Ven. Bhikkhu Anālayo and Yongey Mingyur Rinpoche: Early Buddhism and Dzogchen (#133)
Ven. Anālayo, Rinpoche, and host Daniel Aitken discuss many Buddhist ideas and practices, comparing what different Buddhist traditions have to say about them, including
- how the Buddha practiced;
- understanding mindfulness across different Buddhist traditions;
- the difference between mindfulness and awareness and how we translate the original terms for these practices;
- defining terms like space and emptiness and how we think about emptiness;
- emptiness and compassion;
- and much more.
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About the Interviewee
Ven. Bhikkhu Anālayo is a scholar-monk who was born in Germany and ordained in Sri Lanka. He completed a PhD thesis on the Satipaṭṭhāna Sutta at the University of Peradeniya in 2000, which was later published as Satipaṭṭhāna, the Direct Path to Realization. He is the author of numerous books on meditation and early Buddhism, such as Satipatthāna: The Direct Path to Realization, Perspectives on Satipatthāna, Satipatthāna Meditation: A Practice Guide, Superiority Conceit in Buddhist Traditions, and Rebirth in Early Buddhism and Current Research. He is a Faculty Member at the Barre Center for Buddhist Studies, co-founder of the Āgama Research Group, a resident scholar and core faculty member at the Barre Center for Buddhist Studies, and a member of the Numata Centre for Buddhist Studies at the University of Hamburg.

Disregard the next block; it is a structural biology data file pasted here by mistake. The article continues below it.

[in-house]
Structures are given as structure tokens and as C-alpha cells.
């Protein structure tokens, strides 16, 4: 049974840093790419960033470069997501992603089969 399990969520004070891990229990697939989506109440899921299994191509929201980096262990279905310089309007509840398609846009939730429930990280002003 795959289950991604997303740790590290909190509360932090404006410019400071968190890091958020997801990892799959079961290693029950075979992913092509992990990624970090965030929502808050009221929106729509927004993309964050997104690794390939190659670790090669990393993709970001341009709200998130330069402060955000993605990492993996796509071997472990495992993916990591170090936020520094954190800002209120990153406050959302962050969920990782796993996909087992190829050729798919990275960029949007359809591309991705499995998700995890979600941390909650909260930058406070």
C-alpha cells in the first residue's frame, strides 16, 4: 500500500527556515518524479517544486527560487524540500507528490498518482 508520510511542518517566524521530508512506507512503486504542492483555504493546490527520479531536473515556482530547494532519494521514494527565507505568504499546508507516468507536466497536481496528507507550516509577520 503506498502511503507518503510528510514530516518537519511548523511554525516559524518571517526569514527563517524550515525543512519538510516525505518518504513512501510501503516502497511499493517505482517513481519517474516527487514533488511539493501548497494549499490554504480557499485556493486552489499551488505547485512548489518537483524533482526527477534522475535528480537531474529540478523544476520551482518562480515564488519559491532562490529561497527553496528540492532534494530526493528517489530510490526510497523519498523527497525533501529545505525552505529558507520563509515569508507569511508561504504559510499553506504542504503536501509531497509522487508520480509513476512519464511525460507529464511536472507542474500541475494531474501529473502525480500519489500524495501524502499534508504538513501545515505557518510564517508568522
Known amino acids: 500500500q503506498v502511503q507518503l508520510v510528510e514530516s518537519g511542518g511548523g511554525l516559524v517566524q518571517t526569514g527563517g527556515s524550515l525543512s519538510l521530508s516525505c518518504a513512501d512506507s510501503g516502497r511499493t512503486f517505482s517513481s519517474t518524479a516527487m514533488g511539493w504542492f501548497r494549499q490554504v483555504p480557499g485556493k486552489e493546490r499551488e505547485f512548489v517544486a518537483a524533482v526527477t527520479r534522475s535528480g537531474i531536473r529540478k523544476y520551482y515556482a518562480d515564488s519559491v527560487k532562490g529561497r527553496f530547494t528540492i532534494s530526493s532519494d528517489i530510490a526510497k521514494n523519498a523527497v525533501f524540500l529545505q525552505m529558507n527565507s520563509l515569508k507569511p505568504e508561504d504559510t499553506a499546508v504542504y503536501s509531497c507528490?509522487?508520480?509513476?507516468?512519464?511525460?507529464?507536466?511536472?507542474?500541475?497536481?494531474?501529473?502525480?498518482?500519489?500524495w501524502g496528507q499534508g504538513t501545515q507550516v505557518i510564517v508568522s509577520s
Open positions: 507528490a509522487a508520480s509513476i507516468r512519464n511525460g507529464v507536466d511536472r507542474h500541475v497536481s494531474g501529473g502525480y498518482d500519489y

Yongey Mingyur Rinpoche is the author of two bestselling books and oversees the Tergar Meditation Community, an international network of Buddhist meditation centers. He is the son of the renowned meditation master Tulku Urgyen Rinpoche and was formally enthroned as the seventh incarnation of Yongey Mingyur Rinpoche by Tai Situ Rinpoche when he was twelve years old. When he was twenty years old, Rinpoche was appointed as the functioning abbot of Sherab Ling Monastery. In addition to his extensive background in meditation and Buddhist philosophy, Mingyur Rinpoche has held a lifelong interest in psychology, physics, and neurology. He teaches regularly throughout Europe, North and South America, and Asia.